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Conservation Calls for Good Personal Habits, Planning and Special Devices

<i> Corley is a free-lance writer in Reseda. </i>

Southern Californians are once again looking at a dry summer. As in the drought of 1977, we’re being asked to conserve water.

In the city of Los Angeles, for example, owners of commercial, industrial and multiresidential buildings are required, by Oct. 13, to install low-flow shower heads and toilet tanks with lower water levels; there is also a prohibition against hosing down paved driveways, gutters and patios. The Department of Water and Power will distribute water-saving shower heads and toilet-tank devices to all households at no cost. Also, people selling single-family homes or applying for remodeling permits must show that these water-saving devices have been installed.

Water-conservation experts recommend that all Southern California residents reduce their water usage by 10%. “Generally our interest is for people to use common-sense approaches to save water,” says Tim Skrove, a spokesman for the Metropolitan Water District of Southern California.

By adopting the following common-sense methods, residents will not only save water this summer but could make conservation a part of their daily routine all year long.

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You can start by assessing how you use water outside your home, for gardens, lawns and pools. At least “half of all water used in and around the home is used outside,” Skrove says. Be aware, though, that any method that saves water in an open container, be it a mop bucket or a 55-gallon drum, can pose a drowning hazard to children or pets.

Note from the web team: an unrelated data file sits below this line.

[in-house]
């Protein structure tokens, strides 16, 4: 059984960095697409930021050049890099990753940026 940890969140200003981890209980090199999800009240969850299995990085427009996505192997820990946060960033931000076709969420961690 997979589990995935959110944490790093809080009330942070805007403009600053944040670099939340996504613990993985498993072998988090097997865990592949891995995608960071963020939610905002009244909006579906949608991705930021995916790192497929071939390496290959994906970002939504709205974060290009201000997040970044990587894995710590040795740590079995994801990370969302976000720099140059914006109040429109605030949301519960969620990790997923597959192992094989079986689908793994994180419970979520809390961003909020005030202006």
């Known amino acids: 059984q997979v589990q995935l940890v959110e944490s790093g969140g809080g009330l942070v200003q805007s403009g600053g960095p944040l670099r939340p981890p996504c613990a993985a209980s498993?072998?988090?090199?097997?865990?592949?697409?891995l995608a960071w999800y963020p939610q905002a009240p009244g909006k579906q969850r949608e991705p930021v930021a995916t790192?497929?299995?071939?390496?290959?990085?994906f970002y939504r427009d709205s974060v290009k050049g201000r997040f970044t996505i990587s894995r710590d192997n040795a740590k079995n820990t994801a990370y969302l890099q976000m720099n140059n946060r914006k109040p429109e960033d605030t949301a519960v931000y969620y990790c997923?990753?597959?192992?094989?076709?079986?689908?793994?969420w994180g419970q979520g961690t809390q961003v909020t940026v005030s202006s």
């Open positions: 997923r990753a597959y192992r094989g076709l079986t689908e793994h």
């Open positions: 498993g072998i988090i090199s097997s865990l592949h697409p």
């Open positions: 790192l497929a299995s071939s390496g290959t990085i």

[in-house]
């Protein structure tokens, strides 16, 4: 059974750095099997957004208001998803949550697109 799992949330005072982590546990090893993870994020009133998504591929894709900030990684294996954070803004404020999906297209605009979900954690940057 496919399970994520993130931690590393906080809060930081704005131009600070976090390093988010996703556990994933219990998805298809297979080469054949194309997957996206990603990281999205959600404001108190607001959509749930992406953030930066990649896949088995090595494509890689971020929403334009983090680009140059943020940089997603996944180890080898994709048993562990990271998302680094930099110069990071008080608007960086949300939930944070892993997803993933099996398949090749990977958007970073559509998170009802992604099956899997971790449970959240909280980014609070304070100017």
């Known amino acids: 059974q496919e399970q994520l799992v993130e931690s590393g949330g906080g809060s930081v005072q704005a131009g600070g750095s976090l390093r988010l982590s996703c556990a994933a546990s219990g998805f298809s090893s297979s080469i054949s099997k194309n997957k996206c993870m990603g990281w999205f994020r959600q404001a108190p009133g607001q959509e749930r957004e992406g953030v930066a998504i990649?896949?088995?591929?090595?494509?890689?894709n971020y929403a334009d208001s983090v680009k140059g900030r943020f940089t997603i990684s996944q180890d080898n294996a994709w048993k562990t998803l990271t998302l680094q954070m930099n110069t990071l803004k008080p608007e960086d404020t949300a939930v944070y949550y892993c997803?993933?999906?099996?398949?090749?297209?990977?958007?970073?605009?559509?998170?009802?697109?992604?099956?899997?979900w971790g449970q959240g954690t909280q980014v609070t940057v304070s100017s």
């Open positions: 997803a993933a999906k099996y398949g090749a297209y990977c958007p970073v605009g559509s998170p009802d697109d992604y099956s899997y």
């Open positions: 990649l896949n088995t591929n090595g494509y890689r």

Here are 10 water-saving hints to help you save your 10%:

Landscaping: Plant drought-tolerant gardens. Too often we plant tropical-type gardens in our semi-arid climate. There are dozens of green native and imported plants, shrubs and trees that need little water. Many have attractive summer blooms in colors from lavender to orange, dispelling the notion that your garden will look like a scene from Death Valley. The Municipal Water District of Orange County, (714) 973-1023, has been promoting this idea, called Xeriscape. The district offers a free brochure and a Xeriscape information packet to help get you started. For a source of drought-tolerant plants, contact the Theodore Payne Foundation, 10459 Tuxford St., Sun Valley, Calif. 91352, (818) 768-1802, or the Tree of Life Nursery, P.O. Box 736, San Juan Capistrano, Calif. 92693. (Tree of Life is essentially a wholesaler; they sell retail to the public only on Fridays. If you wish to visit, first call (714) 728-0685; the address is 33201 Ortega Highway, San Juan Capistrano.

Lawn Maintenance: Seed your lawn with drought-resistant grass, such as Bermuda or St. Augustine. Don’t water during the peak heat hours of 10 a.m. to 4 p.m. Adjust sprinklers so they water only grass and shrubbery, not concrete. Soak the ground for 10 to 12 minutes two to three a times a week instead of daily light watering. The Los Angeles Department of Water and Power, (213) 481-5800, offers a free guide to help you gauge how much water your lawn needs.